Saturday, February 9, 2013

Why To Use LinkedIn Even Though You Hate It

LinkedIn right now is like the Sharepoint of professional networking. It’s a common tool, and most everybody uses it, but it is often difficult to understand.

To make matters worse it’s intimidating to put yourself out there (“what if I say the wrong thing?”) and uncomfortable to be “self-promotional.)

Nevertheless you have to do it - because LinkedIn, like physical exercise, healthy eating or financial planning, works best as long-term insurance not as a short-term salve. It is reputation management in the form of a living, breathing, online resume.

Note that exercise, salad and money-saving are not fun things to do. But medicine, including preventive medicine, is often bitter.

You make an upfront investment (the profile) followed by a little deposit at a time (status updates, keeping accomplishments and projects current), and in so doing establish a professional brand that is real, consistent and stable.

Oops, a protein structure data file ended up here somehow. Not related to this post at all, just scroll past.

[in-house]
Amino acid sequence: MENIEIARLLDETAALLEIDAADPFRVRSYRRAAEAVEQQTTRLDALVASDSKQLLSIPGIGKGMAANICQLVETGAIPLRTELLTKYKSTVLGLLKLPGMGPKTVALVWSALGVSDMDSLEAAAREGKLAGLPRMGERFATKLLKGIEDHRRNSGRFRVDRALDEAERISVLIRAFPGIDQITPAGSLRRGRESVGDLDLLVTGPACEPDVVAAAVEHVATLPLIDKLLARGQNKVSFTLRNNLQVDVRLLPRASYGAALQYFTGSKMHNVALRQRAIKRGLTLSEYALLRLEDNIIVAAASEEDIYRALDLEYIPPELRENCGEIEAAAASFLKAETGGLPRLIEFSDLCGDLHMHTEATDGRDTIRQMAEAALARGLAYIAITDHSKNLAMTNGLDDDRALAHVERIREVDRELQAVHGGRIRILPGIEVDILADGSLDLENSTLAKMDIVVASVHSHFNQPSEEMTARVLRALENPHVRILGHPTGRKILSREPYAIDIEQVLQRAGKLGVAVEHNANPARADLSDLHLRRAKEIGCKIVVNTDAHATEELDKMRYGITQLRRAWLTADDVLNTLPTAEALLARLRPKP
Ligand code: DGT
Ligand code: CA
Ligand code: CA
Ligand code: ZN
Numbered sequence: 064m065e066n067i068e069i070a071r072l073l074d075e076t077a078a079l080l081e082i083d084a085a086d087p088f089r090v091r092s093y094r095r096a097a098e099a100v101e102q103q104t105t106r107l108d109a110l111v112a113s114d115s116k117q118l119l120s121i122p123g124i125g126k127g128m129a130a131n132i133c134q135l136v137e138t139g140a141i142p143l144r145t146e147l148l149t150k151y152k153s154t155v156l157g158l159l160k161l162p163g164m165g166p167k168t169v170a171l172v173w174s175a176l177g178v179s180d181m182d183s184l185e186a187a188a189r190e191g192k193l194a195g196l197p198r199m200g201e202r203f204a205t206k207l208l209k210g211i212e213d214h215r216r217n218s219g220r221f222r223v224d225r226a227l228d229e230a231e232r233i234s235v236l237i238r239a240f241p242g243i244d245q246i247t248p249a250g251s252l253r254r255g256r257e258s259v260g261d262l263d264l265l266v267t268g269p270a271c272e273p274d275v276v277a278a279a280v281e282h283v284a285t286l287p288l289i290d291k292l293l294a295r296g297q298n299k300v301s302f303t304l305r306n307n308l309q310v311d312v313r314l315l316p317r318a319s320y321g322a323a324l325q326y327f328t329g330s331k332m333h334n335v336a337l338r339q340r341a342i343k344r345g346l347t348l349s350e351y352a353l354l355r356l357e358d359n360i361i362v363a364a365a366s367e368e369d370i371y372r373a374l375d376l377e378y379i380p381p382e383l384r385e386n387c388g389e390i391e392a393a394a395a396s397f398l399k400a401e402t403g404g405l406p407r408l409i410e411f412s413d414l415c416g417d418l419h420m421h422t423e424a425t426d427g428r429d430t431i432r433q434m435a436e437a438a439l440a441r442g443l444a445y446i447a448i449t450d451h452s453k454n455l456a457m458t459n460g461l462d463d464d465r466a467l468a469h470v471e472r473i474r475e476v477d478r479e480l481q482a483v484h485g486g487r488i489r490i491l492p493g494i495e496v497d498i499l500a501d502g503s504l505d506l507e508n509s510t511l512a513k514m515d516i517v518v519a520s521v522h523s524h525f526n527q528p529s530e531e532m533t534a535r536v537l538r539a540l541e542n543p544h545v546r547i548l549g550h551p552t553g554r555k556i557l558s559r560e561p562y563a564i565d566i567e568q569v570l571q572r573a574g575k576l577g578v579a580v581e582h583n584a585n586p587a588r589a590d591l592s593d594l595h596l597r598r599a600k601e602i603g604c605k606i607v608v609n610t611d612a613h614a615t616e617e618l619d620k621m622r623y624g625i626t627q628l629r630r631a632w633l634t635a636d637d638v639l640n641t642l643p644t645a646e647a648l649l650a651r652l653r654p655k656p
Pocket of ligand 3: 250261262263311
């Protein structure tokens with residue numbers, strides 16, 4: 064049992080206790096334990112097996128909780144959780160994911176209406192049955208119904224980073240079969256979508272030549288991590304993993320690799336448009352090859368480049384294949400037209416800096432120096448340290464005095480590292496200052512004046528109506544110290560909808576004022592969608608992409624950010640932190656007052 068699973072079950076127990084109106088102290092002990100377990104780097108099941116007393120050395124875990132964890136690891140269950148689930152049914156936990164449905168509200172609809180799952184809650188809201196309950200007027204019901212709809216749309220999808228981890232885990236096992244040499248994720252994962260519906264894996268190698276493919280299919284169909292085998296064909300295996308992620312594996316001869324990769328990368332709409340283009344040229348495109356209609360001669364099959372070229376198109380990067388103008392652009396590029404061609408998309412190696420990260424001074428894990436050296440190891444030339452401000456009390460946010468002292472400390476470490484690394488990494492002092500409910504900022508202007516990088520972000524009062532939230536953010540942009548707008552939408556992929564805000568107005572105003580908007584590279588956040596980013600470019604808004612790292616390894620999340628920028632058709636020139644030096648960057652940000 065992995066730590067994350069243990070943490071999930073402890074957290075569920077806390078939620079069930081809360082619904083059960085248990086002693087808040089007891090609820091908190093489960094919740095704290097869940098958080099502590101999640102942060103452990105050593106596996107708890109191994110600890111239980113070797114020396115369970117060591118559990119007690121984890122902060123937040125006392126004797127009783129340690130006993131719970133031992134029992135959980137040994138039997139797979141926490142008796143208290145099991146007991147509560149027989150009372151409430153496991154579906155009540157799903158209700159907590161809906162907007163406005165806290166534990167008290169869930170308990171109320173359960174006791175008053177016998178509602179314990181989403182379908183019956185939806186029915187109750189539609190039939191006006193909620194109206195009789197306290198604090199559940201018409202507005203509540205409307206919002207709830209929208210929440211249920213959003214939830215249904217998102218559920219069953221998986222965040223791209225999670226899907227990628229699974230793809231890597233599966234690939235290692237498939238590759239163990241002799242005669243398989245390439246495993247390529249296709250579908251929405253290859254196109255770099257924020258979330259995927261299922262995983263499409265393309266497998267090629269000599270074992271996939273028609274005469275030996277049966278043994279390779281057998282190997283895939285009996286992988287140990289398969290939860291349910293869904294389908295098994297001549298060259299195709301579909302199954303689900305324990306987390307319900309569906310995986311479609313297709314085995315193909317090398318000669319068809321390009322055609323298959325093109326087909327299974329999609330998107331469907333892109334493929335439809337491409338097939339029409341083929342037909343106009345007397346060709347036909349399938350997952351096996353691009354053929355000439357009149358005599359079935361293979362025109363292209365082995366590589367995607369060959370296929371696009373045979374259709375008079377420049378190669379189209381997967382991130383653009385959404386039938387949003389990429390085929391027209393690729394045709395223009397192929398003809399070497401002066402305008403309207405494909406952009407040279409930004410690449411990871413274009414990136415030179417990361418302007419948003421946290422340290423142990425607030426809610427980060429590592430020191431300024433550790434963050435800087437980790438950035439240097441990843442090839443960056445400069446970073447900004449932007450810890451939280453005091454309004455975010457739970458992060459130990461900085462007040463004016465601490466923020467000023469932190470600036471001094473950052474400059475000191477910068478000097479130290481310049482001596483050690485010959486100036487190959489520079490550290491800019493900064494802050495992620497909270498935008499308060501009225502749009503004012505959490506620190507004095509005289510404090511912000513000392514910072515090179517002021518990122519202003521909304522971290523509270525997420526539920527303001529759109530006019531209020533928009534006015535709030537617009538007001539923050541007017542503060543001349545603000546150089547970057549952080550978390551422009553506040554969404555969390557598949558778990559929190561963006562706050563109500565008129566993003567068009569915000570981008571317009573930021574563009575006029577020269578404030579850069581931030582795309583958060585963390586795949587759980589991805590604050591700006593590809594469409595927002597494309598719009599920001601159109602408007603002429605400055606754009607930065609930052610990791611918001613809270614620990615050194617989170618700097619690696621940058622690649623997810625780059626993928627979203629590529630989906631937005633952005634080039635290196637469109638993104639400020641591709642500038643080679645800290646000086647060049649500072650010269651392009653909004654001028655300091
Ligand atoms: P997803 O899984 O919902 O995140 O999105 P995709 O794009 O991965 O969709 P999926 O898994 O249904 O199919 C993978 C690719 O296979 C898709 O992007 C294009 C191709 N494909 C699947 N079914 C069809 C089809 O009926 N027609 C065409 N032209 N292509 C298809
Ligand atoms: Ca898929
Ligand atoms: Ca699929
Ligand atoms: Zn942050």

Plus you can export your profile as a PDF and use it as your resume, so no need for separate documents.

Why LinkedIn?
The colleagues you work with every day look to your LinkedIn profile to establish your credibility. Not to Facebook where you post pictures of your cute kids, cat and dog and where you don’t want them to find you. Not to Twitter which is crowded. Not to email where they’re drowning with day-to-day work responsibilities.

Why Status Updates?
Status updates are the most important aspect of your LinkedIn profile after your photo, headline and basic information. They show you’re a thinking person who is committed to their profession consistently.  If you used to use Twitter for status updates, note that it doesn’t send your status updates to LinkedIn anymore, but LinkedIn goes to Twitter.